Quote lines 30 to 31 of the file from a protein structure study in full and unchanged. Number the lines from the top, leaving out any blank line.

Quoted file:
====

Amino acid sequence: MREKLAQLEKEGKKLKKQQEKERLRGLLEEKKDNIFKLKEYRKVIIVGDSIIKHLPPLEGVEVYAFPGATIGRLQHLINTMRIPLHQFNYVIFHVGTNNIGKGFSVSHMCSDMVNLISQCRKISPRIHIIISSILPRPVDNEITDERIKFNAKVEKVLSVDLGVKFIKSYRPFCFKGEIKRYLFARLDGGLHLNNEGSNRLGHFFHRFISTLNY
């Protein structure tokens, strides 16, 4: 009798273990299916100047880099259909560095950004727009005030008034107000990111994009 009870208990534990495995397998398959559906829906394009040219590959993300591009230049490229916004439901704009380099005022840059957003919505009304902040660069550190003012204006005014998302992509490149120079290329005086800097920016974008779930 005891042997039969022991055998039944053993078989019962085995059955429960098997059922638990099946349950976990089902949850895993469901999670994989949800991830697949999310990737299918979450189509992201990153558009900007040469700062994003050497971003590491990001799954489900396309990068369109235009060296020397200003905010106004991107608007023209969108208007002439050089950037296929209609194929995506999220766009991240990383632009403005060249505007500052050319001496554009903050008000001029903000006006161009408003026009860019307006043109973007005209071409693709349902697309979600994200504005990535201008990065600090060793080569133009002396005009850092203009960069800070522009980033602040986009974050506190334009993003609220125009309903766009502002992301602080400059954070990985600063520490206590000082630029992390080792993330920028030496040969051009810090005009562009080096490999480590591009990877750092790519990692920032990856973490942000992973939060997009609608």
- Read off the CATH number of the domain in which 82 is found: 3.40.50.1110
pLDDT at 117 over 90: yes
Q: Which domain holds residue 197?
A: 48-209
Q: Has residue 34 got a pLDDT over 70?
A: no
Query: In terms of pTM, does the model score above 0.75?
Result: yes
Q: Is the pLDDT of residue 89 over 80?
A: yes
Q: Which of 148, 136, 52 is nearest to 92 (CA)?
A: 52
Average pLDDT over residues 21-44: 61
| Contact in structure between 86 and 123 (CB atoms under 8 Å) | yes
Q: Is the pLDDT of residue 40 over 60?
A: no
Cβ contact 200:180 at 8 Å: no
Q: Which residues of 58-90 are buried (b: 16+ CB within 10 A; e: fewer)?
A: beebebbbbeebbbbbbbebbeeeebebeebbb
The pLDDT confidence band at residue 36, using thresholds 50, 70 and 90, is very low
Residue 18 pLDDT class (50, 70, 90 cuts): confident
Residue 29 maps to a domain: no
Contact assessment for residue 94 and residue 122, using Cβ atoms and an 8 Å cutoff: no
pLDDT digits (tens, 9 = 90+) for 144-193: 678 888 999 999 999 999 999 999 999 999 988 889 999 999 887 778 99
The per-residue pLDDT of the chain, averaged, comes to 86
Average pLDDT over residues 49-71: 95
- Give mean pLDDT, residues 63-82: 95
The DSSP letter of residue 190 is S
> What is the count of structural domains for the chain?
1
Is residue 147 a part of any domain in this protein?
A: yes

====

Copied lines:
The DSSP letter of residue 190 is S
> What is the count of structural domains for the chain?